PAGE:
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Parsing a text file without newlines

by existem (Sexton)
on Dec 14, 2004 at 11:04 UTC ( #414675=perlquestion: print w/replies, xml ) Need Help??

existem has asked for the wisdom of the Perl Monks concerning the following question:

Hello everyone
I have a weird problem... I have a CSV file. I would usually load up the file and parse it line by line, but for some reason all the lines appear to be stuck together, so it is one long string of concatinated rows. I presume this is because there are no line breaks? But when I load the file up in my text editor it shows the file as you would expect, with each row on a new line. So i'm a bit confused.

Here is an example of the code I am using:

open FH, "< $csv_file" or die "$!"; foreach my $offer (<FH>) { print "$offer\n"; my @fields = split(',',$offer); } close(FH) or die "$!";

And here are the first few rows of the CSV file:

producttype,price,imageurl,itemname,description,ctpage,smallimageurl,t +opseller,tagline Lifestyle,19.9899997711,http://images.iwoot.com/medium/globri_med.jpg, +Glow Brick,This light leads an exotic double life. By day it's a quie +t mild-mannered acrylic brick; by night it's a show-stopping illumin +ation that lights up as darkness falls...,http://www.dgm2.com/m/iwant +o/b.asp?a=1081&i=14497&c=http://www.iwantoneofthose.com/GLOBRI.htm,ht +tp://images.iwoot.com/thumbs/globri_thu.jpg,0, Toys & Games,11.9899997711,http://images.iwoot.com/medium/glofri_med.g +if,Glow in the dark frisbee,The 175g Discraft Ultra-Star is the offic +ial disc of the Ultimate Players Association - but who cares it's a +Frisbee that glows in the dark so it's a blast in the park!,http://ww +w.dgm2.com/m/iwanto/b.asp?a=1081&i=14497&c=http://www.iwantoneofthose +.com/GLOFRI.htm,http://images.iwoot.com/thumbs/glofri_thu.gif,0, Toys & Games,24.9899997711,http://images.iwoot.com/medium/glx200_med.g +if,AIR ROCKET - GLX-200,The GL-X200 Rocket Launcher powers rockets up + to 250 feet into the air.,http://www.dgm2.com/m/iwanto/b.asp?a=1081& +i=14497&c=http://www.iwantoneofthose.com/GLX200.htm,http://images.iwo +ot.com/thumbs/glx200_thu.jpg,0, Electronics,54.9900016785,http://images.iwoot.com/medium/surhea_med.jp +g,5.1 Surround Sound Headset,Imagine a five speaker surround-sound sy +stem buried in your head without the medical complications and you' +re getting close to the experience of wearing this awesome set of hea +dphones.,http://www.dgm2.com/m/iwanto/b.asp?a=1081&i=14497&c=http://w +ww.iwantoneofthose.com/HEASET.htm,http://images.iwoot.com/thumbs/surh +ea_thu.jpg,0,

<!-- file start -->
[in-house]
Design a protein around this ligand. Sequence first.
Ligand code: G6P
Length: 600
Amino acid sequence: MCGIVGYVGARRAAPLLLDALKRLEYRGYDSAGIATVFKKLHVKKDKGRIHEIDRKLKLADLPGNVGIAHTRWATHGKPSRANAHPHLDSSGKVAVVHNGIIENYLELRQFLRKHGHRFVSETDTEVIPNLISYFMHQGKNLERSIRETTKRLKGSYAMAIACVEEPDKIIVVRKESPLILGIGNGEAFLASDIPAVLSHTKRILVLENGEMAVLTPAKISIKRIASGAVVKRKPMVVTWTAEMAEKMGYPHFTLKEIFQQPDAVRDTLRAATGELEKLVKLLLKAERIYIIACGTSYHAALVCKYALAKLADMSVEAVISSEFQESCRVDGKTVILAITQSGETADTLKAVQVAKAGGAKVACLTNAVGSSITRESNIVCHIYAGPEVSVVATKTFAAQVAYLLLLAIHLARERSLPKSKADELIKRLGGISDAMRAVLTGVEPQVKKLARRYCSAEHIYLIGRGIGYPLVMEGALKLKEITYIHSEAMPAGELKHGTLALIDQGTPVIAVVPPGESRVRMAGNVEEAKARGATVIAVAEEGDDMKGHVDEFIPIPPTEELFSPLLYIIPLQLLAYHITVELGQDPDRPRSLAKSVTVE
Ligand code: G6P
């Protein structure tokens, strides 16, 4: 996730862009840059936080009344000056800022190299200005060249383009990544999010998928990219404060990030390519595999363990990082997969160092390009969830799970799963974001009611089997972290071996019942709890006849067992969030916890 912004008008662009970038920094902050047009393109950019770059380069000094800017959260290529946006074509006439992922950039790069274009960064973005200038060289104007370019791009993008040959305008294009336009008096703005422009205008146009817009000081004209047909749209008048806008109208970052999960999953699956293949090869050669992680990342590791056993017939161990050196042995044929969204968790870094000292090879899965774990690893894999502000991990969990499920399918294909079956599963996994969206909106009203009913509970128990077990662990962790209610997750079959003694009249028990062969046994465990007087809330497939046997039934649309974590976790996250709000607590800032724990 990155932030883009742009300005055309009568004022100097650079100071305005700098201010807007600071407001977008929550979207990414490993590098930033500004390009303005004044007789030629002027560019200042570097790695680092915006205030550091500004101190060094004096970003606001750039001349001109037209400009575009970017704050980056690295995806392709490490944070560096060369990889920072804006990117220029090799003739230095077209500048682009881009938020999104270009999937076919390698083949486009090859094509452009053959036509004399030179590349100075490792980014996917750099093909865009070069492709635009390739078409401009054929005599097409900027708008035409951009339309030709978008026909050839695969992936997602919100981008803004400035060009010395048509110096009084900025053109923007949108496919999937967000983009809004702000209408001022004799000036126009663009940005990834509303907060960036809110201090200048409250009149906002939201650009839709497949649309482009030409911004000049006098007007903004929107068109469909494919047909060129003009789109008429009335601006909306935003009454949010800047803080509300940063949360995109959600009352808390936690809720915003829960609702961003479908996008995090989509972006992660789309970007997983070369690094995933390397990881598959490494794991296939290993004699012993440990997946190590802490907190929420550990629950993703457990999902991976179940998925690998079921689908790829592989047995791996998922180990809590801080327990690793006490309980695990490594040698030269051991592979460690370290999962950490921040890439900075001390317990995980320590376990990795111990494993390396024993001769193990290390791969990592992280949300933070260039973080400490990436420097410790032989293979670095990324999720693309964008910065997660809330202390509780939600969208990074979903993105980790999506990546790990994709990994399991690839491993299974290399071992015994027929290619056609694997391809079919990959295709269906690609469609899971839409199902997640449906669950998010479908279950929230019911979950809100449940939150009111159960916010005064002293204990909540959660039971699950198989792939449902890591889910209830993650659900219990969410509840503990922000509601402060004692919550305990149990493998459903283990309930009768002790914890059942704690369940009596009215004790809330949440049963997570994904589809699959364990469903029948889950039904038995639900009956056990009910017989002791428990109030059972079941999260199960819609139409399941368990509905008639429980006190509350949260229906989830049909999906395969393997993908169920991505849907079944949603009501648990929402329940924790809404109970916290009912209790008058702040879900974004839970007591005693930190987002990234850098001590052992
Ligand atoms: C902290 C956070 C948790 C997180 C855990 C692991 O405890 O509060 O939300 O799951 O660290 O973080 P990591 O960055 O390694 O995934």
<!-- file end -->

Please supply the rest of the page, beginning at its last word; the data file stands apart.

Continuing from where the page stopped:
Any ideas how I can parse the file?

Thanks, Tom

Replies are listed 'Best First'.
Re: Parsing a text file without newlines
by si_lence (Deacon) on Dec 14, 2004 at 11:15 UTC
    If you see newlines in your text file the maybe your record separator
    variable has been set to undef (undef $/;) somewhere in
    your code.
    But for reading csv files the module Text::xSV might be worth
    looking at anyway
    si_lence
Re: Parsing a text file without newlines
by rev_1318 (Chaplain) on Dec 14, 2004 at 11:22 UTC
    I can't see anything wrong with this code-sample. Is $/ redefined somewhere in the code we don't see?